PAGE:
As thousands of people participated in “March for Our Lives” in cities across the U.S. last weekend to protest gun violence, another march has taken place in downtown Dallas, Texas to mark Holy Week and send a message that only God can solve the problem of gun violence.
Members of First Baptist Dallas marched from the megachurch down to Klyde Warren Park to take part in the “March for Eternal Life” to commemorate Holy Week.
Senior Pastor Robert Jeffress, who organized the March, said that although this was the second year that the church has held the event, participants were more enthusiastic this year in light of the demonstrations that took place across the country last weekend.
Jeffress, a known supporter to President Donald Trump, had previously explained that the event was “not contradictory to” but rather “complimentary” to Saturday’s demonstrations.
“We think that is great and certainly re-examining gun control laws may be part of the solution to ending violence but it is not all of the solution,” he said.
“Focusing on legislation change alone to change our country is like putting a bandaid on a cancer [patient]. It doesn’t deal with the root problem,” he added.
The rally began at around 6:30 p.m. outside First Baptist Dallas with a gospel music performance from Grammy Award-winning artist Sandi Patty, followed by a communion service led by Jeffress.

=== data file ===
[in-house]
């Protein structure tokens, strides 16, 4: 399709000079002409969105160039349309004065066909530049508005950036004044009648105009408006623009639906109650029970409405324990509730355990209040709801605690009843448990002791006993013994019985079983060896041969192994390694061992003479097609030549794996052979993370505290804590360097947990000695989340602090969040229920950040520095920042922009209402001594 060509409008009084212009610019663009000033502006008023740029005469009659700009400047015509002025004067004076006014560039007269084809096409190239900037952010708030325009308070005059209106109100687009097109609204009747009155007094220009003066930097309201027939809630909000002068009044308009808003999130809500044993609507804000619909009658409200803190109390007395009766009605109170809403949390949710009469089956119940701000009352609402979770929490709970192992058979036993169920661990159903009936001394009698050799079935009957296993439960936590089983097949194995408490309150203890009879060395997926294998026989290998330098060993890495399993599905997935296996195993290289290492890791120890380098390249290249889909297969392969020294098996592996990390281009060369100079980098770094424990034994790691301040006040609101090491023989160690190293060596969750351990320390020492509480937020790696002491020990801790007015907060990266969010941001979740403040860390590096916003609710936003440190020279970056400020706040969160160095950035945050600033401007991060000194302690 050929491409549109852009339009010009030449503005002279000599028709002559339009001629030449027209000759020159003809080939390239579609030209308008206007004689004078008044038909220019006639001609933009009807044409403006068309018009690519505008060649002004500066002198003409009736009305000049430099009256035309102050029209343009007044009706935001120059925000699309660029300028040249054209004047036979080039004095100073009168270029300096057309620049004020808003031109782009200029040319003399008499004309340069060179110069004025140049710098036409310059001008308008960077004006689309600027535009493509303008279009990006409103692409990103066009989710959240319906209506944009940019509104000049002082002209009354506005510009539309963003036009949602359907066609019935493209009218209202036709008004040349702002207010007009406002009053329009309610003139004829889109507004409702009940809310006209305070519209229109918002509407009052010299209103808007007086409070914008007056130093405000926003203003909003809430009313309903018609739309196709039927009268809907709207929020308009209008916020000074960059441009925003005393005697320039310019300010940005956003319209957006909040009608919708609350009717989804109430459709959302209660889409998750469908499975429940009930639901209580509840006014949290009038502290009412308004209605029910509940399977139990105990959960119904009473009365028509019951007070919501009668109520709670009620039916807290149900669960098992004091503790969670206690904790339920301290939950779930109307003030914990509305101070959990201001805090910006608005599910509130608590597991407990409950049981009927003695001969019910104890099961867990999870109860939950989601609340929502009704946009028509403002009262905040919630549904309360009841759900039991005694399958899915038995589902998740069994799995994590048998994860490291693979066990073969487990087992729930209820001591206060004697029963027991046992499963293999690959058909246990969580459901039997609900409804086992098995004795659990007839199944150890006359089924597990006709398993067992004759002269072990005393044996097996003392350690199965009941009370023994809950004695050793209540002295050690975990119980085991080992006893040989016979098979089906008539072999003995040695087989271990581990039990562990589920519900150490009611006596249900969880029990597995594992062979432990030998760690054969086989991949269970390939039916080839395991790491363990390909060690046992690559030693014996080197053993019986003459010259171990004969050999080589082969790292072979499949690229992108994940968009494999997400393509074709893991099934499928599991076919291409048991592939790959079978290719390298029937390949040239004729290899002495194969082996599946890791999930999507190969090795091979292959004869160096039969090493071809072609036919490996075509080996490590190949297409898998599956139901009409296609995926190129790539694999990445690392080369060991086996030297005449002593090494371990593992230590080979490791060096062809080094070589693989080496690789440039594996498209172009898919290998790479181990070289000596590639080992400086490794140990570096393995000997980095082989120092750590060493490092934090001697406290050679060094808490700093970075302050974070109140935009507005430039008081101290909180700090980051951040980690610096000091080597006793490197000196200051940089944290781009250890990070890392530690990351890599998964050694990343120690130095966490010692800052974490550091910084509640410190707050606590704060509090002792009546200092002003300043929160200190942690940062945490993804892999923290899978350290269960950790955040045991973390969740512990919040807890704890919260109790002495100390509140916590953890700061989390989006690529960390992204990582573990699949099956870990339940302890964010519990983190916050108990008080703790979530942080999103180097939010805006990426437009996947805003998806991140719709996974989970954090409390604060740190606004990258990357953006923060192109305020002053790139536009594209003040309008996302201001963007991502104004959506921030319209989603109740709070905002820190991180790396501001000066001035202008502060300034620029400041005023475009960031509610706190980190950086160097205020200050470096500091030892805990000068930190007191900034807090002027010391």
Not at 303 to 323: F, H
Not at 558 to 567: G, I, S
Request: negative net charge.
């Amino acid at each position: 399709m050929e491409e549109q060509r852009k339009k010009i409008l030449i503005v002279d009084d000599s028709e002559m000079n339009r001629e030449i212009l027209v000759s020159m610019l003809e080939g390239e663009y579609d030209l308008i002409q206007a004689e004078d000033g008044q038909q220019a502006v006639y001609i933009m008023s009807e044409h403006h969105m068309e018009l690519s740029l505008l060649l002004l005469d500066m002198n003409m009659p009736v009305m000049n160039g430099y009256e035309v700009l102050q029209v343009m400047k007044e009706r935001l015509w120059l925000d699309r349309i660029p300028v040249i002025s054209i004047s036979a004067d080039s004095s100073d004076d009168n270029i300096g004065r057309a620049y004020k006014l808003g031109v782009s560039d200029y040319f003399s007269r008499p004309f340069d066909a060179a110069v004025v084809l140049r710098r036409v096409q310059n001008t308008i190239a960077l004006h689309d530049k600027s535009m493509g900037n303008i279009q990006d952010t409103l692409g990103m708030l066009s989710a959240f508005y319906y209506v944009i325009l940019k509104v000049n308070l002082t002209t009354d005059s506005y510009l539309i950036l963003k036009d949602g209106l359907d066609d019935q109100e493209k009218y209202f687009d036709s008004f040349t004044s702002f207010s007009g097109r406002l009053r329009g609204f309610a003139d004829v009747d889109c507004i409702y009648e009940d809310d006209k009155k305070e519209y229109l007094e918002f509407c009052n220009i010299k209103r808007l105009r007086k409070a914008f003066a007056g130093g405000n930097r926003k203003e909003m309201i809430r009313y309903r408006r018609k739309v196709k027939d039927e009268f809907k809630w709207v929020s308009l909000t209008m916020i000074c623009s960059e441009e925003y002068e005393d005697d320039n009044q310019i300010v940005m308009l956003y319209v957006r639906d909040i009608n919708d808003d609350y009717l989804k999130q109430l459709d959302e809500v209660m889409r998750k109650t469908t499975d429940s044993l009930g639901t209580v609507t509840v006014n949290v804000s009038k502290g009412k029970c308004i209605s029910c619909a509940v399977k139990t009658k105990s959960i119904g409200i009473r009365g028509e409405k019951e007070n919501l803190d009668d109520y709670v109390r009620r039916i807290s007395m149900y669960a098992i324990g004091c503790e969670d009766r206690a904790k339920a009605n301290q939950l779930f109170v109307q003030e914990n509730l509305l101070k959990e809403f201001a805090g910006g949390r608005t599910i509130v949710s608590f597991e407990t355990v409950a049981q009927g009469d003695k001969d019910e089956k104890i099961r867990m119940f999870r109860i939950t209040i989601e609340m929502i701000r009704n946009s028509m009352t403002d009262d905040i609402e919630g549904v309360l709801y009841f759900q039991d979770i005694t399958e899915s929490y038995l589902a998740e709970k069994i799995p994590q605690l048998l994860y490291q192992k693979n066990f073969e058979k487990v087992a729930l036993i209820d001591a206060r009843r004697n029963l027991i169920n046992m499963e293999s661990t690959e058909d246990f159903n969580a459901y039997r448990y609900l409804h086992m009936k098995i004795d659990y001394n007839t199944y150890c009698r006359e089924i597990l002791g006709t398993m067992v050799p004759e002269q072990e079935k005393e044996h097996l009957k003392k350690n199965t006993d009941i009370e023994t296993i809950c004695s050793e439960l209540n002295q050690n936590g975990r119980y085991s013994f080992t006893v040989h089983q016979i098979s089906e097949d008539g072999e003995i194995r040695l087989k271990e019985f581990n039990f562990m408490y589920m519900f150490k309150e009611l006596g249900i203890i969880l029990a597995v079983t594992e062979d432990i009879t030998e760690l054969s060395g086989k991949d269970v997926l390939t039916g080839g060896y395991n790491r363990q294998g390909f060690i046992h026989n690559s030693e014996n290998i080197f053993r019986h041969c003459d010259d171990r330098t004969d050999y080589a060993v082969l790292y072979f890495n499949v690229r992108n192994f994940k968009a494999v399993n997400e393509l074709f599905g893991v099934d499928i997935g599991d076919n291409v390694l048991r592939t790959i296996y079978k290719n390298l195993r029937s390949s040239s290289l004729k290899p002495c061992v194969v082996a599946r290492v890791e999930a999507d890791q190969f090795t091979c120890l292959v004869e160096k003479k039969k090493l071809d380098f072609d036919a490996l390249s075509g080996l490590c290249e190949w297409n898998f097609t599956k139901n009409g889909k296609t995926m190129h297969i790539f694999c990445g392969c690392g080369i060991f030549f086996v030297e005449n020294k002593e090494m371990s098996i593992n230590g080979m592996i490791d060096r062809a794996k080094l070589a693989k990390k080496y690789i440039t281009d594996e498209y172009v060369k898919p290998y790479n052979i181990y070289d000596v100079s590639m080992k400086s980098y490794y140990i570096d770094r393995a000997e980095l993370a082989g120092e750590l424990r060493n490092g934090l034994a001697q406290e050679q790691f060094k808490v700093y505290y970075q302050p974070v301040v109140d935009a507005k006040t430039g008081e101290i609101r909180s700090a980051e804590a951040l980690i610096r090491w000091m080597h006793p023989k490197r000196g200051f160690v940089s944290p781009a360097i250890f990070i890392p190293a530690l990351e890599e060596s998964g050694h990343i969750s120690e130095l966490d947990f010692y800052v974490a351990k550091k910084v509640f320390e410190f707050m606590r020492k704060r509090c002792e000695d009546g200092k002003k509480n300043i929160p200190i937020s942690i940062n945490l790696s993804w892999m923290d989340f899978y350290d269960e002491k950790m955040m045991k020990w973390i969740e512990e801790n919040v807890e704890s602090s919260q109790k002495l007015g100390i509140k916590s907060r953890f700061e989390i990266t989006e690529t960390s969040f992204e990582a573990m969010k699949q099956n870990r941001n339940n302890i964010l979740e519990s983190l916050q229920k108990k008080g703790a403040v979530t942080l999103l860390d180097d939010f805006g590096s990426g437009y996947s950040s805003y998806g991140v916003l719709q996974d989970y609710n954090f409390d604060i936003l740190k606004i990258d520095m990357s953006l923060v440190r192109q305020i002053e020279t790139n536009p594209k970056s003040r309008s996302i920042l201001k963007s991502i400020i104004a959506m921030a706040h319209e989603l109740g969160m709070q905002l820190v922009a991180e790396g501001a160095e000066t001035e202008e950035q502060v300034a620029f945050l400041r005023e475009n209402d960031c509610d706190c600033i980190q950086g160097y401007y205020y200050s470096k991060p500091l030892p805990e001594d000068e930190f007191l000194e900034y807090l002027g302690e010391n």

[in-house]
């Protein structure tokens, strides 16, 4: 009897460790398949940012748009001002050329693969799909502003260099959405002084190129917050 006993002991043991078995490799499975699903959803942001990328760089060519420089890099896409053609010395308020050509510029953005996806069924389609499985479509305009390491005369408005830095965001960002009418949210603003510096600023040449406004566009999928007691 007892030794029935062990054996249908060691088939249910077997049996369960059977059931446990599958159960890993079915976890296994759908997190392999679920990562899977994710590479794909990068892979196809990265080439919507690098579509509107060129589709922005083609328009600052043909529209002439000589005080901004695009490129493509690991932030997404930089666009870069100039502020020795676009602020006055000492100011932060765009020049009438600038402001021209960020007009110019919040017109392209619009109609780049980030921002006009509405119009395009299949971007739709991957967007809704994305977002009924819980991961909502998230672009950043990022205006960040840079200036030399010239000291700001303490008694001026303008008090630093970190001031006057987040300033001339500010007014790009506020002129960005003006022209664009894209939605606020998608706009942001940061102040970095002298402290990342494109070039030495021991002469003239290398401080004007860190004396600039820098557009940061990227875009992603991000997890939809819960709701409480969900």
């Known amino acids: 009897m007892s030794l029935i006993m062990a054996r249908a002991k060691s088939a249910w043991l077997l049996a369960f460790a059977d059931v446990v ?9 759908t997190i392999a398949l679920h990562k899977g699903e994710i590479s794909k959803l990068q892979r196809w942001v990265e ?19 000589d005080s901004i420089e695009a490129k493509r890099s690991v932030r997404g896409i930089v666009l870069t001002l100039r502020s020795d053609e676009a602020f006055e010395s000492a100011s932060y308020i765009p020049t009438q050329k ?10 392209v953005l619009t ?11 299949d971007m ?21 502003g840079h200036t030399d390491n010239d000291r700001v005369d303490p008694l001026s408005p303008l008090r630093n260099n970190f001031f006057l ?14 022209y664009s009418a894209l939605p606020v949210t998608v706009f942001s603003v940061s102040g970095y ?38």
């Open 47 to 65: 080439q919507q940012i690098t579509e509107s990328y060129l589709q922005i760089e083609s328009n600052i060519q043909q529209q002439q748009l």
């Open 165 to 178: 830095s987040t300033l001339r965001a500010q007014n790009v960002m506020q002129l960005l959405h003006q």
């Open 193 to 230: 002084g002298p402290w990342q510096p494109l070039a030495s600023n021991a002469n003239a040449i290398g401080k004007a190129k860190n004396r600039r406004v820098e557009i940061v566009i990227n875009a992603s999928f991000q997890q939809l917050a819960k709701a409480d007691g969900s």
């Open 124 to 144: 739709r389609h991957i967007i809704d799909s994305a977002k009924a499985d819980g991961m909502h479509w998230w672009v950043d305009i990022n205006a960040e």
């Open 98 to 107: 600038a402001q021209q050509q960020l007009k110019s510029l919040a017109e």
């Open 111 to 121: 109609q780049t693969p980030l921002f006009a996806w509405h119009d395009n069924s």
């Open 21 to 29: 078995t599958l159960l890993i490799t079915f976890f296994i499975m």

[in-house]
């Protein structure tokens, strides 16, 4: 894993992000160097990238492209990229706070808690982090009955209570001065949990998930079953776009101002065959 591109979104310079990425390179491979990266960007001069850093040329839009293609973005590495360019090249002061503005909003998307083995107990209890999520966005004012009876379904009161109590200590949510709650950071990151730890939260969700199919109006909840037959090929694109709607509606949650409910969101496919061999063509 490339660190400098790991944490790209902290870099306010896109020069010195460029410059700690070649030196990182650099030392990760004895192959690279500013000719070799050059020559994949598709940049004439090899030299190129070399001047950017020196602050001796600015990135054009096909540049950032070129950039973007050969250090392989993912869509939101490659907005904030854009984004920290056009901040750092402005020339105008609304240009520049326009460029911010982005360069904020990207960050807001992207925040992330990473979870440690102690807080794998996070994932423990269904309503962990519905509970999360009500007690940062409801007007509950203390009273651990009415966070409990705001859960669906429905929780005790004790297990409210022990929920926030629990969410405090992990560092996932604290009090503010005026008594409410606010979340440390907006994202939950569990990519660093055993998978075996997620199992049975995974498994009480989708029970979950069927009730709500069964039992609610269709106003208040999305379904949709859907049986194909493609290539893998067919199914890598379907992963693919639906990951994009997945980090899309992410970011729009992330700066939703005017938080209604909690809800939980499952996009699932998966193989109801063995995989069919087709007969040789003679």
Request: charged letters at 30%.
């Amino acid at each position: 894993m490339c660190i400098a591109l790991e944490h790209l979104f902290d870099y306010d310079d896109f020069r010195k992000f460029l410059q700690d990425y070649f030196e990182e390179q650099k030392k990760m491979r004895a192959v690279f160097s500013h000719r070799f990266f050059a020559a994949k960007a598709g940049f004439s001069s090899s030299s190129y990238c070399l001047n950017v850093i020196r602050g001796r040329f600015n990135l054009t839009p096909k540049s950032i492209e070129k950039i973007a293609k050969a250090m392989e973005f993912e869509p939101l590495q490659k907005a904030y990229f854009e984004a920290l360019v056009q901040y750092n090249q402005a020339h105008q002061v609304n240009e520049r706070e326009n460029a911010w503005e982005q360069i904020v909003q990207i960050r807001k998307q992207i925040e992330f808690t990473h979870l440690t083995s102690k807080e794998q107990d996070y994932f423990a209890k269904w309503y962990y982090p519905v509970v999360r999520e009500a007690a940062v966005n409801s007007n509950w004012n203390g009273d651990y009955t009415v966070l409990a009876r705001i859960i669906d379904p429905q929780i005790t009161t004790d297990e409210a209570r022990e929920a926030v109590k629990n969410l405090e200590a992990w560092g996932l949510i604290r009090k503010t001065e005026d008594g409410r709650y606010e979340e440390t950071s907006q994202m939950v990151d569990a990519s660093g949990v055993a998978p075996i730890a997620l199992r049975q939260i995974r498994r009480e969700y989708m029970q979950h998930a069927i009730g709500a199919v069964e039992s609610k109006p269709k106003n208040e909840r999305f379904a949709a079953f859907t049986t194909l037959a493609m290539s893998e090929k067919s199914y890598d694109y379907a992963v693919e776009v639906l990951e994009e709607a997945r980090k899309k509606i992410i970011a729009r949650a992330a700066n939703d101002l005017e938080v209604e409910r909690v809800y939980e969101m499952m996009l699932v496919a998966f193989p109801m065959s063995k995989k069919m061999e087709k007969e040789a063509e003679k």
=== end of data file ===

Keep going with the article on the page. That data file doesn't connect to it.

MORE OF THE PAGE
Thousands began marching around 7:30 p.m., with about 20 to 30 people carrying the 16-foot-tall by 11-foot-wide cross, which was uniquely made for the march. In the weeks leading up to the event, members of First Baptist Dallas wrote the names or initials of people they would be praying for this Easter on the large cross.
“This is the week that we are remembering the death and the resurrection of Jesus Christ, who offers us the only hope of forgiveness and eternal life. That’s why we are calling this ‘March for Eternal Life,'” Jeffress said.
Once the participants arrived at Klyde Warren Park, they erected the brightly illuminated cross in a place of prominence at the 5.2 acre public park in the heart of the city.
Jeffess has stated that the event follows the recent examples of Christians being “publicly shamed” for taking a public stance for their faith, pointing to the attacks against the faith of Vice President Mike Pence and White House economic adviser Larry Kudlow.
“We think that it is time for Christians to lovingly and boldly say, ‘I am not ashamed of the Gospel,'” the pastor said.